Intrahepatic vascular anatomy in rats and mice - Variations and surgical implications

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© 2015 Sänger et al. This is an open access article distributed under the terms of the Creative Commons Attribution License, which permits unrestricted use, distribution, and reproduction in any medium, provided the original author and source are credited. Introduction: The intra-hepatic vascular anatomy in rodents, its variations and corresponding supplying and draining territories in respect to the lobar structure of the liver have not been described. We performed a detailed anatomical imaging study in rats and mice to allow for further refinement of experimental surgical approaches. Methods: LEWIS-Rats and C57Bl/6N-Mice were subjected to ex-vivo imaging using μCT. The image data were used for semi-automated segmentation to extract the hepatic vascular tree as prerequisite for 3D visualization. The underlying vascular anatomy was reconstructed, analysed and used for determining hepatic vascular territories. Results: The four major liver lobes have their own lobar portal supply and hepatic drainage territories. In contrast, the paracaval liver is supplied by various small branches from right and caudate portal veins and drains directly into the vena cava. Variations in hepatic vascular anatomy were observed in terms of branching pattern and distance of branches to each other. The portal vein anatomy is more variable than the hepatic vein anatomy. Surgically relevant variations were primarily observed in portal venous supply. Conclusions: For the first time the key variations of intrahepatic vascular anatomy in mice and rats and their surgical implications were described. We showed that lobar borders of the liver do not always match vascular territorial borders. These findings are of importance for the design of new surgical procedures and for understanding eventual complications following hepatic surgery.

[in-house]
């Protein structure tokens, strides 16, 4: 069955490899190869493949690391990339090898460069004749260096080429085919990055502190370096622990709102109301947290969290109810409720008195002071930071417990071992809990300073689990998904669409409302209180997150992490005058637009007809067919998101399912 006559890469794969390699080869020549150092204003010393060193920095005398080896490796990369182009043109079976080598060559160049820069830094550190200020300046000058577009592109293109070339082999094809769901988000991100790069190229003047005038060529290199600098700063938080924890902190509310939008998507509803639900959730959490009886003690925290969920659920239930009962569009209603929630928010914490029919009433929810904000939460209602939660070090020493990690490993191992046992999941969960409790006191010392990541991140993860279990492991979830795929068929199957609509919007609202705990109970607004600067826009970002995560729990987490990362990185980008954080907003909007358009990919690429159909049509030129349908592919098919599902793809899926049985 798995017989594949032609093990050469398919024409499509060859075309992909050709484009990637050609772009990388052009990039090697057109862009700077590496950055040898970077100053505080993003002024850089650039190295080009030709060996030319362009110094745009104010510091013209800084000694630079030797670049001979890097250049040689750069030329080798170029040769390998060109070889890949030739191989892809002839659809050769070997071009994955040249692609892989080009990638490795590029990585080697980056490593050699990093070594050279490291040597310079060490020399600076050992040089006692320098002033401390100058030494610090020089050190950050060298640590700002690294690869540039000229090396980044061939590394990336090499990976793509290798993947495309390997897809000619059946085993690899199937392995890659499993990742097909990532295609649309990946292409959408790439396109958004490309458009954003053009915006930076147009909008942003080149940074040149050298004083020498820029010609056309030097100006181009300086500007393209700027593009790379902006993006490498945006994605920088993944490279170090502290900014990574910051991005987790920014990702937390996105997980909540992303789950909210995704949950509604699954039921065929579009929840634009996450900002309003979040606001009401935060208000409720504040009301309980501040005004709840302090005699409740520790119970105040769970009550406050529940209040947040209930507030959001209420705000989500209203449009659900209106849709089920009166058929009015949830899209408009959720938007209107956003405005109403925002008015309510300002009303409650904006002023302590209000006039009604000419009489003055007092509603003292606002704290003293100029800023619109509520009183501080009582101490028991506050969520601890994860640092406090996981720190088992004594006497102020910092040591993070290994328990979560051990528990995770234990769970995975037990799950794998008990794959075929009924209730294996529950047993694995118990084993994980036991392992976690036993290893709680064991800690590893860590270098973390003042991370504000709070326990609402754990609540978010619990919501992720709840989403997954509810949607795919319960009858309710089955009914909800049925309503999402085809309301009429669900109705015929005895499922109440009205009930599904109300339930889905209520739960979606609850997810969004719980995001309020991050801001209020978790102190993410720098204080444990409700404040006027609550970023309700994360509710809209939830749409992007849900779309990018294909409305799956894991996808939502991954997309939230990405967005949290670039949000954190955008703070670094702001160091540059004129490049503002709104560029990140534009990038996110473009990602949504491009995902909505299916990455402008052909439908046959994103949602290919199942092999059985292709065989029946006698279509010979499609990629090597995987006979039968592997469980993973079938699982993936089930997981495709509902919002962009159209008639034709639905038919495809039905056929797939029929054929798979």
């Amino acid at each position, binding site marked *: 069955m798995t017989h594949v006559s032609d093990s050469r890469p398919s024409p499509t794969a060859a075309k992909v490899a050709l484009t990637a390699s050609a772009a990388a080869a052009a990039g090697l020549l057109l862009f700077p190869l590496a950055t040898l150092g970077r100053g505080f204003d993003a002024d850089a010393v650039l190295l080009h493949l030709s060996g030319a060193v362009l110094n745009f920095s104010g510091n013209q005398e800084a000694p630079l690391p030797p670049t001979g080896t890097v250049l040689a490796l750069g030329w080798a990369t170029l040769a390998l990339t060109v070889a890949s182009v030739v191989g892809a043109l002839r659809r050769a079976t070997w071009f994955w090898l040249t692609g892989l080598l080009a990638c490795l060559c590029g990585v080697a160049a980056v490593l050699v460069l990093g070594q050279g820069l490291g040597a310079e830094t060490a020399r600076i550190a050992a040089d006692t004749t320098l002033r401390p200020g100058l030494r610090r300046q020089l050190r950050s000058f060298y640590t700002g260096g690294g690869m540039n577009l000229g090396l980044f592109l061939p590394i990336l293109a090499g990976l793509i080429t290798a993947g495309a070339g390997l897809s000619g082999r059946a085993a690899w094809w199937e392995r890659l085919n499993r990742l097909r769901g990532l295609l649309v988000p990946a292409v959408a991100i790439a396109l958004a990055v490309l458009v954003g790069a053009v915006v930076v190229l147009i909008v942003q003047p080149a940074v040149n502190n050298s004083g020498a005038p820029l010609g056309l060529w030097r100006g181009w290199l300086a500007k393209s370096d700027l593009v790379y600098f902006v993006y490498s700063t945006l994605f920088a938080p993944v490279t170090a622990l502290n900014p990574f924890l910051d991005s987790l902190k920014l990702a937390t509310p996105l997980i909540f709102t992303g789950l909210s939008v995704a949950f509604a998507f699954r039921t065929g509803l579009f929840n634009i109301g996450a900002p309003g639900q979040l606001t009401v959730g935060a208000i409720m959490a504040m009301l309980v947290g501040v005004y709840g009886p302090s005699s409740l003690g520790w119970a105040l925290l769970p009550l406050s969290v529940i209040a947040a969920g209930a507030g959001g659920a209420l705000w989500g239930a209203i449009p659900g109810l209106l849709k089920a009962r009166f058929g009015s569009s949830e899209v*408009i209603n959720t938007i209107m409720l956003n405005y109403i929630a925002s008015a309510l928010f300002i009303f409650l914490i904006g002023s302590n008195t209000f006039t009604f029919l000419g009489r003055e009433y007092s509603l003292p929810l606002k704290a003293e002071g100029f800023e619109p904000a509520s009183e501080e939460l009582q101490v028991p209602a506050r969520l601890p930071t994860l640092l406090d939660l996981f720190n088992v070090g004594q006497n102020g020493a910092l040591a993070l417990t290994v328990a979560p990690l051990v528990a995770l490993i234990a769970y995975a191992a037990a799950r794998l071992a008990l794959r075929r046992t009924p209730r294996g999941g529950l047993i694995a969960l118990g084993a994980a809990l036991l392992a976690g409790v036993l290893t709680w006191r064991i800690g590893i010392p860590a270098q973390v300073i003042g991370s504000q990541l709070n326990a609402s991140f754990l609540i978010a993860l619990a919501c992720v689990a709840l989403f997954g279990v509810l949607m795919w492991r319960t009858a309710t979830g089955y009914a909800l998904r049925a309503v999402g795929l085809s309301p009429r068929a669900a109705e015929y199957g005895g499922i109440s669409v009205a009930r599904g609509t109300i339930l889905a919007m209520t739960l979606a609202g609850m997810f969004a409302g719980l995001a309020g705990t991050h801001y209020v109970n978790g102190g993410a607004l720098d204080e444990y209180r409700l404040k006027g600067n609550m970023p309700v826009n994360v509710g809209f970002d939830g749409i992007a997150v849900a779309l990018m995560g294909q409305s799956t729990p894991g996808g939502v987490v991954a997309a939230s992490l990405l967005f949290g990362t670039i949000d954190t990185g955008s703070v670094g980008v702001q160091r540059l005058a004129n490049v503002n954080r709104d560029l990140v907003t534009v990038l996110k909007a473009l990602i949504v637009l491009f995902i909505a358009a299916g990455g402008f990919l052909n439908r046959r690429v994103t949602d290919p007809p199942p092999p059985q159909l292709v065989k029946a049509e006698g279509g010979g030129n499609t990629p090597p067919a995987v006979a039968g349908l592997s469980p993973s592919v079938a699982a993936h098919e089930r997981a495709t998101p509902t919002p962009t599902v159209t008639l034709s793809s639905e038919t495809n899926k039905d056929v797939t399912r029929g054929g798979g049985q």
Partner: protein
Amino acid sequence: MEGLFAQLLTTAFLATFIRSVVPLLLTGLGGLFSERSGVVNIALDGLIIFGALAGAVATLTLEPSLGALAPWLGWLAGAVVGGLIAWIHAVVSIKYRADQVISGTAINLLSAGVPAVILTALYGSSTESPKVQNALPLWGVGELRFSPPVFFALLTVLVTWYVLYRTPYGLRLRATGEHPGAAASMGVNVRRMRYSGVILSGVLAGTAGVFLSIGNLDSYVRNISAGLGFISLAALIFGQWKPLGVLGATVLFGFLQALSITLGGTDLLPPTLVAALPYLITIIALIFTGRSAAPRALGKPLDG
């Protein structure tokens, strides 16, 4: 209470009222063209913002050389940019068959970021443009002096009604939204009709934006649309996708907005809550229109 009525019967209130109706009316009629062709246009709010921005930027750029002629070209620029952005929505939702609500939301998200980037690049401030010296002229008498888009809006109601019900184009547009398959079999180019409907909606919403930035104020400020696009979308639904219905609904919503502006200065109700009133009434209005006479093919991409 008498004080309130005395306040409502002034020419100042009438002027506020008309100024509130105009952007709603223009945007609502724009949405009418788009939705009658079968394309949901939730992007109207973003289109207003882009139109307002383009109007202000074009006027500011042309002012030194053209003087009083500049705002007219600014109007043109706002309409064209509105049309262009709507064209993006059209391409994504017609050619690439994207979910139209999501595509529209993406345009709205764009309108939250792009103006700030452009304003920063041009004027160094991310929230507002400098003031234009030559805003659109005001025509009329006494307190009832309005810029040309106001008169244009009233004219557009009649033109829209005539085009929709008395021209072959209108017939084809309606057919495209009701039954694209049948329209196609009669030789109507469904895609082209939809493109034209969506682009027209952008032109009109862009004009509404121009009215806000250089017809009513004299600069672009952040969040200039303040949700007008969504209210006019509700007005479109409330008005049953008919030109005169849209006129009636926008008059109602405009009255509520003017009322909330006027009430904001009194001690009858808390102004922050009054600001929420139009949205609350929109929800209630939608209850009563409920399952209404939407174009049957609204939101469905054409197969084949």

Sänger, C., Schenk, A., Ole Schwen, L., Wang, L., Gremse, F., Zafarnia, S., … Dahmen, U. (2015). Intrahepatic vascular anatomy in rats and mice - Variations and surgical implications. PLoS ONE, 10(11).

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